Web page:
Lyft
Joseph Miller

We’ve written before about the benefits of ridesharing businesses like Uber and Lyft. However, these companies have been met with resistance from taxicab regulatory bodies around the world. Few have been as intractable as the St. Louis Metropolitan Taxicab Commission (MTC), which has blocked cheap ridesharing from entering the city. The MTC even prevented Uber from offering free rides on the Fourth of July weekend.

MTC representatives, along with other opponents of ridesharing, criticize Uber and Lyft as being unsafe, unprofessional, and discriminatory. They argue that these companies need to be regulated so these problems can be addressed. But is the MTC really effective at protecting the consumer? Let’s ask some questions:

  1. The MTC, unlike Uber or Lyft, specially requires cabs to pick up any customer and take them wherever they want to go. So taxis never refuse fares or avoid going to certain neighborhoods?   
  2. The MTC has rules on insurance that they claim are more comprehensive than Uber and Lyft’s policies. So cabs never operate without proper insurance?
  3. The MTC has a myriad of rules to ensure cab drivers dress and act professionally. So all cab drivers provide good service?

The answer to all these is an emphatic no. Cabs have ways to refuse fares and avoid certain neighborhoods. Drivers sometimes act unprofessionally and, as an editorial in the Post-Dispatch claims, even operate without proper insurance.

The presumption that creating a regulatory commission and writing regulations will result in intended outcomes, and only intended outcomes, is an example of the “Unicorn Governance” fallacy; it’s magical thinking. In reality, even when regulators are competent, impartial, and have the public interest in mind, regulation can fail to be effective or even make matters worse. But with a regulatory body like the MTC, which has taxi company representatives as commissioners, impartiality is an unreasonable assumption. And after recent outbursts from the MTC’s chairman, competence is in question as well. Given the incentives at play, it should not come as a surprise the MTC is more effective at blocking competition than protecting consumer safety.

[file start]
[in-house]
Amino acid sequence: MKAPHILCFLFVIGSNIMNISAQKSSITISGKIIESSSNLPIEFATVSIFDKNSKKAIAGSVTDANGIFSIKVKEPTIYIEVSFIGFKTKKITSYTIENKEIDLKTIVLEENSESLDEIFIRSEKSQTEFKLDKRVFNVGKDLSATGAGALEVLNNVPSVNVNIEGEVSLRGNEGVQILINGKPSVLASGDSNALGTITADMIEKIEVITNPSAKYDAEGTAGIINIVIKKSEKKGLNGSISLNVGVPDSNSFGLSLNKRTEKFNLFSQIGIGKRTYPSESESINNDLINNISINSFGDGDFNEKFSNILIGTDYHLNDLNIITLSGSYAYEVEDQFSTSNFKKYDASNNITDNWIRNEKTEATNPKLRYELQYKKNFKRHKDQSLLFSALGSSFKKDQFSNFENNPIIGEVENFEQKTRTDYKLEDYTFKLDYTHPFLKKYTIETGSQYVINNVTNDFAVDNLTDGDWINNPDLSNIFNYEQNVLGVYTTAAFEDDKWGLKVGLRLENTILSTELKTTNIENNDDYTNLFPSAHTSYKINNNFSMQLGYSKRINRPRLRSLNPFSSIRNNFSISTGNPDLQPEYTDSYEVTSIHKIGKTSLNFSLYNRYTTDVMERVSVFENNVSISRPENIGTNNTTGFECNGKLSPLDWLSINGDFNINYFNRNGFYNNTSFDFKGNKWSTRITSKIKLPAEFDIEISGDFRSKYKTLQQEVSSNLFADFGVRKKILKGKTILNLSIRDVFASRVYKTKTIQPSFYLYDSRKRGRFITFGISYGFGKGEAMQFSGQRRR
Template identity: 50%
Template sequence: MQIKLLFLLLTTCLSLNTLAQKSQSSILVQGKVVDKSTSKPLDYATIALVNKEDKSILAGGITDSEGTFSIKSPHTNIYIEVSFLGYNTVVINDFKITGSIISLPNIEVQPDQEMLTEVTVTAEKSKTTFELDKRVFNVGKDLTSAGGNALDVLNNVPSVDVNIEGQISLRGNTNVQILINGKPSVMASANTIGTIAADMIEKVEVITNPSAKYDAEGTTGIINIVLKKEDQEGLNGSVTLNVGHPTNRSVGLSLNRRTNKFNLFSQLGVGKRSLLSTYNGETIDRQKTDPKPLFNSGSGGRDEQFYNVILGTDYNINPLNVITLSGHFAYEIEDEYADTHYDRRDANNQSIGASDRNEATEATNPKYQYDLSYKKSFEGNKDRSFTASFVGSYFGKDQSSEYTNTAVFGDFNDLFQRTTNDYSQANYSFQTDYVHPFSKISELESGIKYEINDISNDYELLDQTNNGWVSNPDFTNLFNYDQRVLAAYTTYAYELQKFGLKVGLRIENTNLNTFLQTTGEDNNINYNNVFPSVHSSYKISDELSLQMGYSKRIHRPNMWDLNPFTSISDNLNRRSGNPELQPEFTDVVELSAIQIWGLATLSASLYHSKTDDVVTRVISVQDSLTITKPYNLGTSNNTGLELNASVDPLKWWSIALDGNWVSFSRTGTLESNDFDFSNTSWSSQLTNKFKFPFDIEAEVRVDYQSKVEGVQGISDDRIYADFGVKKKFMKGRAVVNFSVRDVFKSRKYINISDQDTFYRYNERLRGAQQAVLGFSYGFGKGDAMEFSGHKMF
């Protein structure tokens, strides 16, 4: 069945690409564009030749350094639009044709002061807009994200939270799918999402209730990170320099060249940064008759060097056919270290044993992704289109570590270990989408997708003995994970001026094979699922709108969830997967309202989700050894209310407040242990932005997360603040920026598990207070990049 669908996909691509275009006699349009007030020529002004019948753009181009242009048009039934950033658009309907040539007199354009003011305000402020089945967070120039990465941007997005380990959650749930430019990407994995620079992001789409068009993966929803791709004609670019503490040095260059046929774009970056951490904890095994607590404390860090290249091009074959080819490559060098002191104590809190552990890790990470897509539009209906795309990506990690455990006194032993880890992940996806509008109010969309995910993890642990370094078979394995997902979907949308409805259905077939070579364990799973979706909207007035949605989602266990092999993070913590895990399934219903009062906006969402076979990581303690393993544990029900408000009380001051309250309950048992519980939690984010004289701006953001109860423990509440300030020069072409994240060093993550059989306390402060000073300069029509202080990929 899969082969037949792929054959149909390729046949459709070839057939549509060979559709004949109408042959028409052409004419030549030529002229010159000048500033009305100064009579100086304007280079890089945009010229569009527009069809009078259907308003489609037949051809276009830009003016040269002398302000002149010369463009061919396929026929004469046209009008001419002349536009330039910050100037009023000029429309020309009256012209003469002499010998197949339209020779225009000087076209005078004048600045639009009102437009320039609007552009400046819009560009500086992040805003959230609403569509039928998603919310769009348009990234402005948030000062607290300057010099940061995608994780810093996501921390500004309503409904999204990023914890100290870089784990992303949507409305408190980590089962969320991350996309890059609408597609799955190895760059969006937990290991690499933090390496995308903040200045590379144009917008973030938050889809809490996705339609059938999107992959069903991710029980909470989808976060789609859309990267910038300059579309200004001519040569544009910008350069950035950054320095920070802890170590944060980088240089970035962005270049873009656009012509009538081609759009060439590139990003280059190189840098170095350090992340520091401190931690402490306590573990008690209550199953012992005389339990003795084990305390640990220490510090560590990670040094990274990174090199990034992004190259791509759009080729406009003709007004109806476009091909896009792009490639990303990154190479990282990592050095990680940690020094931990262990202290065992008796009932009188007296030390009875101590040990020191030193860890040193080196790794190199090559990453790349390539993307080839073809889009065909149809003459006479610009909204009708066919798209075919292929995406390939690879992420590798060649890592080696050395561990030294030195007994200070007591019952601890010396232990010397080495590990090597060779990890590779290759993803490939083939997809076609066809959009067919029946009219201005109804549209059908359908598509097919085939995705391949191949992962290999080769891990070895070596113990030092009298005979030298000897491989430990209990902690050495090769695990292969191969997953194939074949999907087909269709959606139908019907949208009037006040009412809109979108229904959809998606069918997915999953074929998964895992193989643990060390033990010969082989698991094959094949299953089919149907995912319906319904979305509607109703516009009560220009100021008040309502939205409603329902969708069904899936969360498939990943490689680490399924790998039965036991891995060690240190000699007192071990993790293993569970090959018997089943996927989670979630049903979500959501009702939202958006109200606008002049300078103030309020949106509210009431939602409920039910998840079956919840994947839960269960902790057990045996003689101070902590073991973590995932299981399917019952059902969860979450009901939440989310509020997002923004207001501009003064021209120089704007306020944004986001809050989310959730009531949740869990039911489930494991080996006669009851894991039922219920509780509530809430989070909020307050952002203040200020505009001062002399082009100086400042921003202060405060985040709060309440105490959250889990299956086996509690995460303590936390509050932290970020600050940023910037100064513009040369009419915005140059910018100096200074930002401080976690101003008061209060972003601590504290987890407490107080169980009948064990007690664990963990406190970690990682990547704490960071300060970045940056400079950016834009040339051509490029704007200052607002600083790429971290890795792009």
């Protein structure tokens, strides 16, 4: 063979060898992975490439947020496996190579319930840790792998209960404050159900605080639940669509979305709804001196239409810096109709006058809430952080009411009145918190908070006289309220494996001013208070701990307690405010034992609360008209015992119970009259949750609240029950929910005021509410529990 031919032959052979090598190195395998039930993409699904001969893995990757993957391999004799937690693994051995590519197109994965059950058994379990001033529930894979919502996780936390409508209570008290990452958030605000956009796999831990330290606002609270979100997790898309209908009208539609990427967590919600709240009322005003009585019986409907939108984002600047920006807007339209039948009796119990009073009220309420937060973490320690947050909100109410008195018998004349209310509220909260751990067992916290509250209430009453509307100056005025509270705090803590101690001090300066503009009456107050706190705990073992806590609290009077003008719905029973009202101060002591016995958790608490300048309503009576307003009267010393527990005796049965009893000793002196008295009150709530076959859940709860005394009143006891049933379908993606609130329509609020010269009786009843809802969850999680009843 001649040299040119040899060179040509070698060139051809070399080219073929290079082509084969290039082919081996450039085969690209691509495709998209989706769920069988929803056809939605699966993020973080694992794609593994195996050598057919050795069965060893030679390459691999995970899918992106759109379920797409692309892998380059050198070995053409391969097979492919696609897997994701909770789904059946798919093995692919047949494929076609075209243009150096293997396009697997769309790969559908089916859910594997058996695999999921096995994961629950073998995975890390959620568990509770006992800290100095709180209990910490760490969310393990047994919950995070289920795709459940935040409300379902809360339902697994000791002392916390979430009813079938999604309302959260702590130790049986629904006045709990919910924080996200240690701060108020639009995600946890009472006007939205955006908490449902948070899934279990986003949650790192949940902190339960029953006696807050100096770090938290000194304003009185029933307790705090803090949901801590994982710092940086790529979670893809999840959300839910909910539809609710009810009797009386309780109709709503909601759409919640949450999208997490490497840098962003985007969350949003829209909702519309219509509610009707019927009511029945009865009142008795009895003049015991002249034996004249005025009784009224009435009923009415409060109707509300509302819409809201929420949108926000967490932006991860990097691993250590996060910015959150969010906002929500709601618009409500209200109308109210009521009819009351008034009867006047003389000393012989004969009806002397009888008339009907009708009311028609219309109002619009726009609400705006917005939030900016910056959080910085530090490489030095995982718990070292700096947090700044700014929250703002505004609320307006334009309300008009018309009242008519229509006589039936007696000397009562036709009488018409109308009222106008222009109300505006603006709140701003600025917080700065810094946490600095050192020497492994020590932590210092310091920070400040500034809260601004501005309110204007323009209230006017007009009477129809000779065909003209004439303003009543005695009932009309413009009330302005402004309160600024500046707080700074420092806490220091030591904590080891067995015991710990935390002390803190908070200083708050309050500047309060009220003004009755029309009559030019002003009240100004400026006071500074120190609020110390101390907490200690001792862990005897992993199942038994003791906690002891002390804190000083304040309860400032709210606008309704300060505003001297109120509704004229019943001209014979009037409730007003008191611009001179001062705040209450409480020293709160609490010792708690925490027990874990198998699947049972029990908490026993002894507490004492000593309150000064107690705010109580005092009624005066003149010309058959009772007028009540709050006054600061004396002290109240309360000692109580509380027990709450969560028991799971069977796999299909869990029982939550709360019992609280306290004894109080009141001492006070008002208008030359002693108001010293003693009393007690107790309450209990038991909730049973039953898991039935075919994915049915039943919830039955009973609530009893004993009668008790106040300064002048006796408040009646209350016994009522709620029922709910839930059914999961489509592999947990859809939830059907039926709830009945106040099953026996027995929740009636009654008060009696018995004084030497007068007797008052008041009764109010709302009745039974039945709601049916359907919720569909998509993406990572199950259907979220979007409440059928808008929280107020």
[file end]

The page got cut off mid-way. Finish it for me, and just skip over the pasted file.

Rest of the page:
Market competition and open information, not regulation, are the best ways to ensure customers get a safe, comfortable ride when they want. Unfortunately, the MTC still wants to prevent that competition from coming to Saint Louis, to the continued embarrassment of the city. Saint Louisans should consider whether the MTC now does more harm than good. 

About the Author

Joseph Miller
Policy Analyst
Joseph Miller was a policy analyst at the Show-Me Institute. He focused on infrastructure, transportation, and municipal issues. He grew up in Itasca, Ill., and earned an undergraduate degree from Georgetown University’s School of Foreign Service and a master’s degree from the University of California-San Diego’s School of International Relations and Pacific Studies.